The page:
bikini A word about dresses for women: Unlike in some other Moslim countries, the female visitor need not wear a burqa, a head scarf or cover her face. This doesn't mean you can walk around in mini skirts, hotpants or go bare shouldered, let alone breasted, into a mosque. Just dress as you would when on an outing in your own country. And when going for a swim in a crowded area like the Hodeidah beach, it will be appreciated if you don't do this wearing a bikini. You will not get stones being thrown at you, but the lascivious glances of the Yemeni male and the disapproving ones of the female will soon make you feel uncomfortable.



medical irst of all a DISCLAIMER: Although YAMANAT TOURS will do its utmost best to keep you healthy while staying with us in Yemen, we cannot and will not be held responsible for your physical wellbeing. Consider the items listed below as recommendations and whether or not you'll be following them is entirely up to you.

  • For Yemen being a country in the tropics, consult your local health service for necessary vaccinations (hepatitis, typhus, etc.) and whether or not it is advisable to take anti-malaria pills.
  • When staying in the lowlands, in coastal areas like the Tihama, mosquitos can make life miserable especially during the night when trying to get some sleep. A good mosquito reppellent like DEET (see also Wikipedia on Deet and its alternatives) can do wonders. When camping you can sleep in our tents that have a good anti-mosquito netting. Many hotels and funduqs have this netting also in their windows, but many have not or are damaged, so then also Deet (or closing the windows) is the best solution.
  • If you have doubts about hygienic conditions in restaurants only order well cooked meals, so no fresh vegetables in salads. When camping we prepare our own food and we will always wash the vegetables carefully before serving them in salads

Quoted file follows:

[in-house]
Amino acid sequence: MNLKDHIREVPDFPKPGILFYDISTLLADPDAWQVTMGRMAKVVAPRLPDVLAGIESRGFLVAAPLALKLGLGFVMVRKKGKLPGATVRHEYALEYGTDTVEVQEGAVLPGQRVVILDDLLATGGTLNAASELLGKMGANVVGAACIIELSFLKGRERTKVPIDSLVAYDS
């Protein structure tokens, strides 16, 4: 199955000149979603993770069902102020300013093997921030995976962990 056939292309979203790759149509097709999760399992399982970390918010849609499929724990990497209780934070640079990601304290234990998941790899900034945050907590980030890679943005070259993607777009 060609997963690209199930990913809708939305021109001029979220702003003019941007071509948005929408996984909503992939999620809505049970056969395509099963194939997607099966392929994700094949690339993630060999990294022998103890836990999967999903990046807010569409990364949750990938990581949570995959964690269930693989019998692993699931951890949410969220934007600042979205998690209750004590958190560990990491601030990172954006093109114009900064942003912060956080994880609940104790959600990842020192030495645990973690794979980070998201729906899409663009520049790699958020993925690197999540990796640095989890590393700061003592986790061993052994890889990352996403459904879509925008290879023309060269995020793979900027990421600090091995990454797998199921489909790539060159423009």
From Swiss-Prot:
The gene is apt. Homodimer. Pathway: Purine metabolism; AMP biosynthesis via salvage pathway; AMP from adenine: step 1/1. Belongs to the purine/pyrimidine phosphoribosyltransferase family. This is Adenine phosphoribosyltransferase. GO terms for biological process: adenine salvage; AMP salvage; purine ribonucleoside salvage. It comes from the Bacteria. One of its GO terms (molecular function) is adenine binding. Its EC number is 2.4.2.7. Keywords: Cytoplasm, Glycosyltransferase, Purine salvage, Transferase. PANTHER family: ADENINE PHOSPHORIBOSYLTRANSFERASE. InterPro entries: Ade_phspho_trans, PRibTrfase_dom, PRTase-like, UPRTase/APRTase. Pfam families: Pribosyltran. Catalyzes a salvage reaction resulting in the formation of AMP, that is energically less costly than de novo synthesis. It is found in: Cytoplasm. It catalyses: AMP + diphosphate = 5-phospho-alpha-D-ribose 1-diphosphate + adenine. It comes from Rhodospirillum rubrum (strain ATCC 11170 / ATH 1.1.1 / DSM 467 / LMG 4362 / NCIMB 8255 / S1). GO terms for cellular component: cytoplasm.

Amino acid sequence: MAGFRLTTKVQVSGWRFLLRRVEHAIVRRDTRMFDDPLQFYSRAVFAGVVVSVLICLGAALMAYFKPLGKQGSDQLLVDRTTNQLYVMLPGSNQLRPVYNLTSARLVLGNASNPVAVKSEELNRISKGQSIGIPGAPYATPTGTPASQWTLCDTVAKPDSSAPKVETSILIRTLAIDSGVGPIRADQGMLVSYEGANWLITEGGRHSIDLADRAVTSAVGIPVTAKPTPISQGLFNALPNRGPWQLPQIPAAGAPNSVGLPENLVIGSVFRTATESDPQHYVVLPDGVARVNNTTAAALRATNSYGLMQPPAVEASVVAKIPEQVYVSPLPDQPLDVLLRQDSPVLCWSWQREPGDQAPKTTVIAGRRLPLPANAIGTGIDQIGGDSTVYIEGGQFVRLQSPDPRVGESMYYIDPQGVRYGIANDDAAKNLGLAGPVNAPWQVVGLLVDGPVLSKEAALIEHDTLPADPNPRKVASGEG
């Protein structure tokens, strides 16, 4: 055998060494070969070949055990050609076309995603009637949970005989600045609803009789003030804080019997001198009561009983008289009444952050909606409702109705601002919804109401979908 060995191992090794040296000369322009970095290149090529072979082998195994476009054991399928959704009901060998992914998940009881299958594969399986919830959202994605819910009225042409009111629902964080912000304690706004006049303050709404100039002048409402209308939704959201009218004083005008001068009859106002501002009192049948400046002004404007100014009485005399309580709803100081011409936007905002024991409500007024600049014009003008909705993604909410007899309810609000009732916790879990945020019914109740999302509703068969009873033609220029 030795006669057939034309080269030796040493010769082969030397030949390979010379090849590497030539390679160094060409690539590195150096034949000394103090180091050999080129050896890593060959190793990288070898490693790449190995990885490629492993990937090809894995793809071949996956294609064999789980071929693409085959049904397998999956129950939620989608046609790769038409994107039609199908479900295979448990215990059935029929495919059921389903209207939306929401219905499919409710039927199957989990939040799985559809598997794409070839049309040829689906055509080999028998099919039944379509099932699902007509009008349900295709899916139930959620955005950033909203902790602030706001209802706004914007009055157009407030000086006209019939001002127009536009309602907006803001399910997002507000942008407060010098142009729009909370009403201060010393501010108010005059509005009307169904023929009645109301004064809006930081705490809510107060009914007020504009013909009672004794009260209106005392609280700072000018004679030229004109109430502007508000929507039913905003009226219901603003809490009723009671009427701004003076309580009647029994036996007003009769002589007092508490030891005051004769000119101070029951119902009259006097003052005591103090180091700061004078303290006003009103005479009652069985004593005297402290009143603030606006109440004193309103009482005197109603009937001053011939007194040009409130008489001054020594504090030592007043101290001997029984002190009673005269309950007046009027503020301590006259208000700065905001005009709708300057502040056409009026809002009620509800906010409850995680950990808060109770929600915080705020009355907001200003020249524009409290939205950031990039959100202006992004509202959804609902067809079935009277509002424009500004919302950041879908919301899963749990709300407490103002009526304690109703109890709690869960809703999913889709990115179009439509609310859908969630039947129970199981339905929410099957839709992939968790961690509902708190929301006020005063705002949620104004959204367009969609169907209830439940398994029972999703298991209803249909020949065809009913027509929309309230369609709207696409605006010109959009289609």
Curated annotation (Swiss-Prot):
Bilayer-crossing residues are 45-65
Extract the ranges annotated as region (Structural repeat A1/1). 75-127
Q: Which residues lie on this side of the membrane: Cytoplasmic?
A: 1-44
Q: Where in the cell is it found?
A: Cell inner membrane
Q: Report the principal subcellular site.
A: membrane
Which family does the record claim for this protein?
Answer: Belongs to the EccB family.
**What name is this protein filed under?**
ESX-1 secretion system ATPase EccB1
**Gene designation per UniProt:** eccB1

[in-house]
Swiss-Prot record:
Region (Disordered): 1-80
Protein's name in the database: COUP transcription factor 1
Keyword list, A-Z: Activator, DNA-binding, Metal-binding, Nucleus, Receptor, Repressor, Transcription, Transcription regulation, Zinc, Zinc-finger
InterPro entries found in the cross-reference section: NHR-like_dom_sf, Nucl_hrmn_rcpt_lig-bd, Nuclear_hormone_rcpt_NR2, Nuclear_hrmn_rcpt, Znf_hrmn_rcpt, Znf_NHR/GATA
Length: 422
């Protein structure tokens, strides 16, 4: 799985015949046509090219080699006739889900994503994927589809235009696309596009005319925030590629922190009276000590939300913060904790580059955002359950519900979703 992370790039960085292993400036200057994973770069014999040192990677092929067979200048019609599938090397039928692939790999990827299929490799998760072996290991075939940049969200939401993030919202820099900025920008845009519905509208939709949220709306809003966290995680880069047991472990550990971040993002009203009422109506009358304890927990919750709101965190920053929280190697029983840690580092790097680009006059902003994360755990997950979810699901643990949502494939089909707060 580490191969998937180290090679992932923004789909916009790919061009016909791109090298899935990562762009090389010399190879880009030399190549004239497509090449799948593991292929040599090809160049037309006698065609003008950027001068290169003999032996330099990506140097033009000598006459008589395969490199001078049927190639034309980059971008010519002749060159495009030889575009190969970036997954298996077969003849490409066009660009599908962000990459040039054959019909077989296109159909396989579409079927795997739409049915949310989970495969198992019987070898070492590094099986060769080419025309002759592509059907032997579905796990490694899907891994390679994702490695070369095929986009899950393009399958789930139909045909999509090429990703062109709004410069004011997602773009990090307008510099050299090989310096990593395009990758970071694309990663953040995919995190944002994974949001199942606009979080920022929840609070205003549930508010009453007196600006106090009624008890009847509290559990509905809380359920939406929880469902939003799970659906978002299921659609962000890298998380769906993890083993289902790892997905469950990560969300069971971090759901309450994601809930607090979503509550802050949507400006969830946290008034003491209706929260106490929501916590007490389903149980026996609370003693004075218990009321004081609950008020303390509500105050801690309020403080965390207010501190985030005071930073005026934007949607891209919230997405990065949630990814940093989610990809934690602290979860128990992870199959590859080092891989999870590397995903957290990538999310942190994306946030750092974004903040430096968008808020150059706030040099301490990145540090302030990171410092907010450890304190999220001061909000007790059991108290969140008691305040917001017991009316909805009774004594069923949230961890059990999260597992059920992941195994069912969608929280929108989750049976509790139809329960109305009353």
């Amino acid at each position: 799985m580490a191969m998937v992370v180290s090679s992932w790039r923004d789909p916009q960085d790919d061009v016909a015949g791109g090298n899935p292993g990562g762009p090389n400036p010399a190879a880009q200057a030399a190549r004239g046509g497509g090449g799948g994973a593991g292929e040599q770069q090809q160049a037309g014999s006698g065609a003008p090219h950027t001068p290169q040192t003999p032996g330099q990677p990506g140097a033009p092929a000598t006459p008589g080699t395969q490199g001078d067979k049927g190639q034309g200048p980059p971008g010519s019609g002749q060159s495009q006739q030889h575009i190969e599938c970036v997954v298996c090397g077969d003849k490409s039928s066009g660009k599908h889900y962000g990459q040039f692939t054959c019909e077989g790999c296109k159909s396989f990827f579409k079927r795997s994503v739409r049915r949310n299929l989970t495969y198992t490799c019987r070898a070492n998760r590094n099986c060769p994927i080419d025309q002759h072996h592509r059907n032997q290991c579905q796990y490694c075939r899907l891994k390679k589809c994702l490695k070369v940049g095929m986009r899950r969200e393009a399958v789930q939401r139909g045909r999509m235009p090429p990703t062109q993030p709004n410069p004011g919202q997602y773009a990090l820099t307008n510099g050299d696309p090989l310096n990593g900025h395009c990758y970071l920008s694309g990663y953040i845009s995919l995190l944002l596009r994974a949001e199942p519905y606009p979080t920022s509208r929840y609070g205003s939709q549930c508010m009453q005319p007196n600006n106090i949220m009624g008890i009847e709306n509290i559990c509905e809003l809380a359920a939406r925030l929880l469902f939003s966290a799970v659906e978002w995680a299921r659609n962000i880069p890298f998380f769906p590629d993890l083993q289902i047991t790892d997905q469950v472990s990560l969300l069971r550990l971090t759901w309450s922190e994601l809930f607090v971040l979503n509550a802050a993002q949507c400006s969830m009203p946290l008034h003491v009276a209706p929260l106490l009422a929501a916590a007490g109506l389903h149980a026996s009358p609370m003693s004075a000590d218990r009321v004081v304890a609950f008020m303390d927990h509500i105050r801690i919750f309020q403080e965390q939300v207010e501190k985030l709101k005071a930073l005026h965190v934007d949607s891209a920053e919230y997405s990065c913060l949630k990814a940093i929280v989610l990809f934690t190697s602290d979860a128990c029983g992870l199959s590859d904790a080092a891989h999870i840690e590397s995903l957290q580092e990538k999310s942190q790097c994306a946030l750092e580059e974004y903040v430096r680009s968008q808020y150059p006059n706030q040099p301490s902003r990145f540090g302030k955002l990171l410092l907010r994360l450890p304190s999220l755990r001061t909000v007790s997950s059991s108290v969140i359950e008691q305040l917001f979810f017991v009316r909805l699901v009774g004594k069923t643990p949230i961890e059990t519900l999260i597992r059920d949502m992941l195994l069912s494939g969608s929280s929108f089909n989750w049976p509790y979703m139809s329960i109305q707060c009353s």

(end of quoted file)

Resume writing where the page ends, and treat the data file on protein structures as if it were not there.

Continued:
• When buying fruits in the markets, always peel them before eating.
  • In the towns you'll see sheds where very tasty and thirst-quenching fruitcocktails are prepared. If you cannot resist them, make sure they don't put ice cubes in them. The water used to make them might be contaminated. So also don't drink the water that is served in the restaurants. Only drink the water that is sold in sealed plastic bottles.
  • diarrhea If in spite of these recommendations you get the "racing shit" or diarrhea, try not to take anti-diarrhea pills like "Imodium". It's better to let all those evil bacteria go out of your body as soon as possible. A good antidote and keeping you from starving is yoghurt mixed with shredded apple (with compliments to my mother who was an expert in nutrition).
  • If you are on a special diet or need to take medicines in your own country, please tell us and take those medicines or your doctor's prescription with you. In the cities there are many well equipped pharmacies, but they may not have the medicines you need (e.g.: pills against malaria!).